August’s book bag: from Polaroids and chats with trailblazing women artists to new insights into Indigenous Australian treasures

Our roundup of the latest art publications

Vincent Namatjira's The Queen and Me (2016) is included in the book Ancestors, Artefacts, Empire: Indigenous Australia in British and Irish Museums © Trustees of the British Museum, Photography and Imaging

Vincent Namatjira's The Queen and Me (2016) is included in the book Ancestors, Artefacts, Empire: Indigenous Australia in British and Irish Museums © Trustees of the British Museum, Photography and Imaging

Ancestors, Artefacts, Empire: Indigenous Australia in British and Irish Museums, Gaye Sculthorpe (ed), Maria Nugent (ed) and Howard Morphy (ed), British Museum, 272pp, £60 (hb)

This overview reveals new insights into both Britain’s Australian history and Australia’s British history. More than 160 Aboriginal and Torres Strait Islander artefacts—gathered by travellers, colonists, explorers, missionaries, officials and others—are drawn from 30 museums in the UK and Ireland, dating from 1770 to today. Twenty-two Indigenous and non-Indigenous Australian and international experts analyse key objects such as an Emu feather skirt from Port Phillip District in the state of Victoria, which is the earliest known example. Nicholas Thomas, the director of the Museum of Archaeology and Anthropology in Cambridge, says that the book gives “a sense of what extraordinary expressions of ancestral heritage might be found in out-of-the-way collections.”

Portrait of an Artist: Conversations with Trailblazing Creative Women

Portrait of an Artist: Conversations with Trailblazing Creative Women, Hugo Huerta Marin, Prestel, 420pp, £26 (hb)

Hugo Huerta Marin photographs and writes about important women artists and other big names in the creative industries. Marin has spoken to high-profile artists such as Tracey Emin and Yoko Ono for his new interview compendium, taking Polaroid photographs of his subjects along the way. Marina Abramović, the godmother of performance art, tells the author: “I believe performance art is like a phoenix, dying and being reborn from its own ashes over and over again. Every generation has had a different attitude toward performance art and how it should have pushed the limits more. In my opinion, in the future it will firstly need to deal with the idea of immateriality as a result of the present incredible movement in technology and media.” Elsewhere in the book, the US photographer Carrie Mae Weems discusses the relationship between race and photography.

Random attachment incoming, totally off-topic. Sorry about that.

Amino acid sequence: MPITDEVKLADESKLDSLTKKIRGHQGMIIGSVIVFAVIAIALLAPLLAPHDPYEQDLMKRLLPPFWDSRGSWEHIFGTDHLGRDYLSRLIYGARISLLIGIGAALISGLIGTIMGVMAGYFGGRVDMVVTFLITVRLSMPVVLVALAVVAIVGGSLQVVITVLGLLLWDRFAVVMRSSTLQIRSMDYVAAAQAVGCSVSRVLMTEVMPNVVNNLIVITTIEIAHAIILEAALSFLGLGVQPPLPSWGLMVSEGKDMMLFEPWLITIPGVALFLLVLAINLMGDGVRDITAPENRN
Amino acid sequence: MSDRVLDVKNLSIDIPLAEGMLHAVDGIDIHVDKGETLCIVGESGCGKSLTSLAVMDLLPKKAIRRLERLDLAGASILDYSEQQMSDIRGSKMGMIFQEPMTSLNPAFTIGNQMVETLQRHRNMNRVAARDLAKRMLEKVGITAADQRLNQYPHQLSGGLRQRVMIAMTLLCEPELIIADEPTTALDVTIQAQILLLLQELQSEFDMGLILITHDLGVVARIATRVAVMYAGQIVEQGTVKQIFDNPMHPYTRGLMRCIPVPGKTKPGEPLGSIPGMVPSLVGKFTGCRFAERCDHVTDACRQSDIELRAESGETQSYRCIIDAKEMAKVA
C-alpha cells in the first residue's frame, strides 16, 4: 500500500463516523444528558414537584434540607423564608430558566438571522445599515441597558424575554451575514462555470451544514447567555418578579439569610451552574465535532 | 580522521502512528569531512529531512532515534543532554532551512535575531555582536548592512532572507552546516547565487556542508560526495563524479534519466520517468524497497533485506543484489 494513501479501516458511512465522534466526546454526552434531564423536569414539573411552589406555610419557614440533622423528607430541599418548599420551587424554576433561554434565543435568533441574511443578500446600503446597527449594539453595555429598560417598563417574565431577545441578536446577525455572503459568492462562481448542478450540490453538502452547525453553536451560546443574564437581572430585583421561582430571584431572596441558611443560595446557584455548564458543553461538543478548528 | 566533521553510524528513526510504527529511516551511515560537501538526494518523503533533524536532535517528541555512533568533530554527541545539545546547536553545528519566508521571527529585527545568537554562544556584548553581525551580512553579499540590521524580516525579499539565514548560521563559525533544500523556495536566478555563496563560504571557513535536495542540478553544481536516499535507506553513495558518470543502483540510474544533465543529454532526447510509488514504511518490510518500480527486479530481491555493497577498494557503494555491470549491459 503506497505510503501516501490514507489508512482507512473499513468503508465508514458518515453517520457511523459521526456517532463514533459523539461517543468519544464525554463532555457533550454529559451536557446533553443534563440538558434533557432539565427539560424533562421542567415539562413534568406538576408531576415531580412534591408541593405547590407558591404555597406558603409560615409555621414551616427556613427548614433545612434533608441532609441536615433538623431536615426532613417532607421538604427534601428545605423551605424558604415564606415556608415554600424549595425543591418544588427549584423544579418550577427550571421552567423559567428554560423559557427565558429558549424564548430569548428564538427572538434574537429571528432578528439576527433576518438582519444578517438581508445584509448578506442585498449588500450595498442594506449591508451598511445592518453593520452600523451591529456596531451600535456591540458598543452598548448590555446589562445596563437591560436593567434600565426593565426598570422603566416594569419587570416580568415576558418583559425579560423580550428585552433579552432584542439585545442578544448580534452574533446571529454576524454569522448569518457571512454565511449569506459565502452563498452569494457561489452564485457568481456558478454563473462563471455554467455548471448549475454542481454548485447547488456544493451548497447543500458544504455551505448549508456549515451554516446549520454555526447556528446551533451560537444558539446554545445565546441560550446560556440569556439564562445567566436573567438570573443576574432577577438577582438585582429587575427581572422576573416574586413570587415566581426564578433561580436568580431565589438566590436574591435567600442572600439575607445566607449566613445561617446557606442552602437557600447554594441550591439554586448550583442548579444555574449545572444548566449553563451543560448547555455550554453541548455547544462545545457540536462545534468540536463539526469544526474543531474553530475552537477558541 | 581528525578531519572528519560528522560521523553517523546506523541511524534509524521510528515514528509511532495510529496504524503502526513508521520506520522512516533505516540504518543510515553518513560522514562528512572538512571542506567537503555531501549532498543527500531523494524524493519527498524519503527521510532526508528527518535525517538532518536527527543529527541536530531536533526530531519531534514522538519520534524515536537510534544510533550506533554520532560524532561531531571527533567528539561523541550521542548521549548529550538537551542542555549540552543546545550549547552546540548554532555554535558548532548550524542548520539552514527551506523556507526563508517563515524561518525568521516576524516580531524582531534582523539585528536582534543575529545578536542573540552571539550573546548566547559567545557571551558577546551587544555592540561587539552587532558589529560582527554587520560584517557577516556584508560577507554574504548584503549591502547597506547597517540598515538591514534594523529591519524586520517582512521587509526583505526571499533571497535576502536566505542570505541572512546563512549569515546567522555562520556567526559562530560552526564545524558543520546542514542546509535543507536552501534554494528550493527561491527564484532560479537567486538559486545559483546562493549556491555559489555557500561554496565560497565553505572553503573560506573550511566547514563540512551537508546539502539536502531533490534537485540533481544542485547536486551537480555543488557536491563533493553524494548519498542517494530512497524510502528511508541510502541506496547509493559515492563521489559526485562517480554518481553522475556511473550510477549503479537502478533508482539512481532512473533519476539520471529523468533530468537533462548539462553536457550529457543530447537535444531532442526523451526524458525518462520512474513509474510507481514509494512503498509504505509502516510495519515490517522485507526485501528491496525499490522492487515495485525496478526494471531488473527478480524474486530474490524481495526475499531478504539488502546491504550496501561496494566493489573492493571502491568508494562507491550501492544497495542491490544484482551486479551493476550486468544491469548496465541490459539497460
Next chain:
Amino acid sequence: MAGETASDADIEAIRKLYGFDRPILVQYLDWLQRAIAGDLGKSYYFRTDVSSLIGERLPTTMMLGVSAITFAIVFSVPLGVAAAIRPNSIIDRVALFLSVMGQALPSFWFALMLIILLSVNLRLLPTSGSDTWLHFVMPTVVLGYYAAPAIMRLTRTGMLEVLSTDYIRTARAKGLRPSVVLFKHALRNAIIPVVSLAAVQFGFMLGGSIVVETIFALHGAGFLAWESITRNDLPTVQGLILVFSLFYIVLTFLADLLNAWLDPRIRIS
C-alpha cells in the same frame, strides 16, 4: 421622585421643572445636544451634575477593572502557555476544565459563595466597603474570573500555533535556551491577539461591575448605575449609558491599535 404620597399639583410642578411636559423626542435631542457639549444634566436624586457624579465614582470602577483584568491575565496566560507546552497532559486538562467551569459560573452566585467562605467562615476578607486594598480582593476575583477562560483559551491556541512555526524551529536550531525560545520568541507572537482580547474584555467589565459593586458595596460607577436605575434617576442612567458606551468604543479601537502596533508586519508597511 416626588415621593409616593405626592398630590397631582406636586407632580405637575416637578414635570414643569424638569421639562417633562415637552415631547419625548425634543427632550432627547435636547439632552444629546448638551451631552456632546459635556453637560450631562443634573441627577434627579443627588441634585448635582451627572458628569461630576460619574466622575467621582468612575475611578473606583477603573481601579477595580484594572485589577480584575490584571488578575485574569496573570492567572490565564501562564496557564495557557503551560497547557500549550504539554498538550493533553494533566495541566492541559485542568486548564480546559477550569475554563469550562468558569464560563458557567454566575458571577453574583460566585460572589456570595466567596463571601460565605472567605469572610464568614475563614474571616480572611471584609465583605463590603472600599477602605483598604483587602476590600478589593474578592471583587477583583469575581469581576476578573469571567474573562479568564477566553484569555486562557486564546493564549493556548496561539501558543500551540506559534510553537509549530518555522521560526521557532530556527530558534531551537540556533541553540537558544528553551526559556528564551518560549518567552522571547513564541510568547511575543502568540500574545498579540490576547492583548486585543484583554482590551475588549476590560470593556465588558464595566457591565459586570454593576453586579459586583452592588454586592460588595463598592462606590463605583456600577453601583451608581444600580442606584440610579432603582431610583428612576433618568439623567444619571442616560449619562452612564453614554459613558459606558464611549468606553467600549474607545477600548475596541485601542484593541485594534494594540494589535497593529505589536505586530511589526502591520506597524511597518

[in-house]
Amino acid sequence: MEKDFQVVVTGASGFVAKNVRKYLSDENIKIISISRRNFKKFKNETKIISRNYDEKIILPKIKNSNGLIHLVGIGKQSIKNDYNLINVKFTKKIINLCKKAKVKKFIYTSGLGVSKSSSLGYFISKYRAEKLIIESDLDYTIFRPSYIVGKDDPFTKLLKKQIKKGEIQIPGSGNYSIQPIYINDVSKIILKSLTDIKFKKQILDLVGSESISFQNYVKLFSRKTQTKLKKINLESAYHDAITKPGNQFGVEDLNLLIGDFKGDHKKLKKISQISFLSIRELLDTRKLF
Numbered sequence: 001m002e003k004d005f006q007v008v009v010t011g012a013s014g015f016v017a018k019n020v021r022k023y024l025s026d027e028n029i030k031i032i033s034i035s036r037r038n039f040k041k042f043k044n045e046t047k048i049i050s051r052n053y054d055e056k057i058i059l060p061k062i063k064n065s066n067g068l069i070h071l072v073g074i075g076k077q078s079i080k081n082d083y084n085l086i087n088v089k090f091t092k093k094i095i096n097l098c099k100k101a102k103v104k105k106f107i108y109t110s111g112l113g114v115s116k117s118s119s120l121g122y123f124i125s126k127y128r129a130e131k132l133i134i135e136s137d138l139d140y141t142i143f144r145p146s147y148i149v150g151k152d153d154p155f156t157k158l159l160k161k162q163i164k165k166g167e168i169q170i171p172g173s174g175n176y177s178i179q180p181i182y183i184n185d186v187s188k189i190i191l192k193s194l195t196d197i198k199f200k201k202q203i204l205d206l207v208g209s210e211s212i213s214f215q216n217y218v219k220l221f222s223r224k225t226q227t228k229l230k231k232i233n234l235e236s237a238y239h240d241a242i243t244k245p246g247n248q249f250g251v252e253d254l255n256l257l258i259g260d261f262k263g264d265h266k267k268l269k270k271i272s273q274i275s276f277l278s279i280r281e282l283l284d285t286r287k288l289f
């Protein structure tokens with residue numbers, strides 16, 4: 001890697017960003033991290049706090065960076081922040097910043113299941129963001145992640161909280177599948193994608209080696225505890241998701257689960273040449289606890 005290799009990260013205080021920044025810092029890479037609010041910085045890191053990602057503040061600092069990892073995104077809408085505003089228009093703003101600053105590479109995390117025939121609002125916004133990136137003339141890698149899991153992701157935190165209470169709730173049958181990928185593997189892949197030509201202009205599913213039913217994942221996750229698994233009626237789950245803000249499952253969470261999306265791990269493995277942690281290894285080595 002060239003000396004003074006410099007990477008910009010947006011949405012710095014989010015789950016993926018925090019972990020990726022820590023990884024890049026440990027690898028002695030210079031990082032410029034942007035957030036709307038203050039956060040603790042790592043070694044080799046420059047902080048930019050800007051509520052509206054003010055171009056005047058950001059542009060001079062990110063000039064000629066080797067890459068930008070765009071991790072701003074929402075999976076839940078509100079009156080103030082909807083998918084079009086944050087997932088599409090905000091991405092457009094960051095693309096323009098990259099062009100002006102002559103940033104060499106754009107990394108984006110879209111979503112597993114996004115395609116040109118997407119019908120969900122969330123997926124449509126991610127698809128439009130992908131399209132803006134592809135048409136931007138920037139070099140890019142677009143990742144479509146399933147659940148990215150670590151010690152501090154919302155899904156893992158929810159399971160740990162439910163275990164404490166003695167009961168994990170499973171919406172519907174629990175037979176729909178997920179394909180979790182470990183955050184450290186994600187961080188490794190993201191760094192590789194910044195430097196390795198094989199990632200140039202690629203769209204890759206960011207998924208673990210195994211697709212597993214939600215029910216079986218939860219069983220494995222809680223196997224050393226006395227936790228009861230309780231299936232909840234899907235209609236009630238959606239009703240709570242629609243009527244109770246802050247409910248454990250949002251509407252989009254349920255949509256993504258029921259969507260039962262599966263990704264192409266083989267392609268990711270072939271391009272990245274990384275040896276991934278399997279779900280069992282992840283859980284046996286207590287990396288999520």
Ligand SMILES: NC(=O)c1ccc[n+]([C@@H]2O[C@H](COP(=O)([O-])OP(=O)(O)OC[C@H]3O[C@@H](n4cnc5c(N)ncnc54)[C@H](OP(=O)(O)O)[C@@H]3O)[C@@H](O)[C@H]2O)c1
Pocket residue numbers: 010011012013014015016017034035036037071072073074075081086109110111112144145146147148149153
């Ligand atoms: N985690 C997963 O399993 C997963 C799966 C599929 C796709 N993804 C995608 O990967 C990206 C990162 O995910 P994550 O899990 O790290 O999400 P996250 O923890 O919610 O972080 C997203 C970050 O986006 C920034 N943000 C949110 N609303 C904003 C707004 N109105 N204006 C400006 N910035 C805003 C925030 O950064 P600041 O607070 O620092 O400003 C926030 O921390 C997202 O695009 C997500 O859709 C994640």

This Dark Country: Women Artists, Still Life and Intimacy in the Early Twentieth Century, Rebecca Birrell, Bloomsbury, 384pp, £25 (hb)

The art historian Rebecca Birrell surveys the lives and work of early 20th-century artists such as Vanessa Bell and Gwen John via their still-life works. Birrell argues that “still-life enabled women artists to explore their emotions, desires and ambitions”, examining also how lesser-known names such as Edna Waugh and Mary Constance also reinterpreted their “creative and domestic practices through their still-life paintings”, according to the publisher. The author also unpicks the motivations of the artist Gluck who fell in love with the florist Constance Spry in 1932 (almost immediately, flowers took centre stage in her art). Also, letters from the US-born artist Ethel Sands to Nan Hudson are an important discovery. “The letters themselves are very melancholic at times,” Birrell tells The Art Newspaper. “And I’ve suggested this adds a depth to [Sands’] paintings which are apparently one-dimensionally cheerful, and perhaps are not all that interesting from a stylistic point of view and as a result are hardly ever written about in relation to British art.”

Artists’ Film

Artists’ Film (World of Art series), David Curtis, Thames & Hudson, 340pp, £16.99 (pb)

An authoritative guide to art of the moving image in the 20th and 21st centuries is long overdue; this “alternative history” of the moving image should fill the gap, with commentary and analysis of works by more than 400 international moving-image makers from the film expert David Curtis. Chapters cover topics such as “the pleasures of editing” along with “the conceptual film and other phenomena”. Curtis also gives an overview of artists’ documentaries, drawing on early examples such as Manhatta (1921) by the painter Charles Sheeler and the photographer Paul Strand. “David is the only person I know who has an encyclopaedic knowledge of, and a passion for film, in all its possibilities,” writes the artist and filmmaker Steve McQueen in the foreword. Other new titles in the “World of Art” series include Art in California by the art historian Jenni Sorkin and Black Art: A Cultural History by Richard J. Powell.

Cristina Iglesias's Forgotten Streams (East Side) (2017) Photo: Thierry Ball

Liquid Sculpture: The Public Art of Cristina Iglesias, Iwona Blazwick (ed) and Richard Noble (ed), Hatje Cantz, 280pp, €48 (hb)

“This book explores the outdoor sculpture of Cristina Iglesias and charts a wider discussion about art and urban and non-urban environments,” write Iwona Blazwick and Richard Noble in the introduction to this monograph on the Spanish sculptor. The survey focuses on three major sculptures: Forgotten Streams (2017), Tres Aguas (2014) and Estancias Sumergidas (2010), dissecting Iglesias’ approach through preparatory sketches, technical drawings and 360-degree views. Forgotten Streams is located outside the headquarters of the financial data company Bloomberg in the City of London. “The work consists of three sites located on the west and eastern aspects of the building to suggest a square bifurcated by the building,” writes Iglesias. Other contributors include Andrea Schlieker, the director of exhibitions and displays at Tate Britain, who looks at the impact of Iglesias’ 2011 sculpture Towards the Sound of Wilderness on the UK coastal town of Folkestone.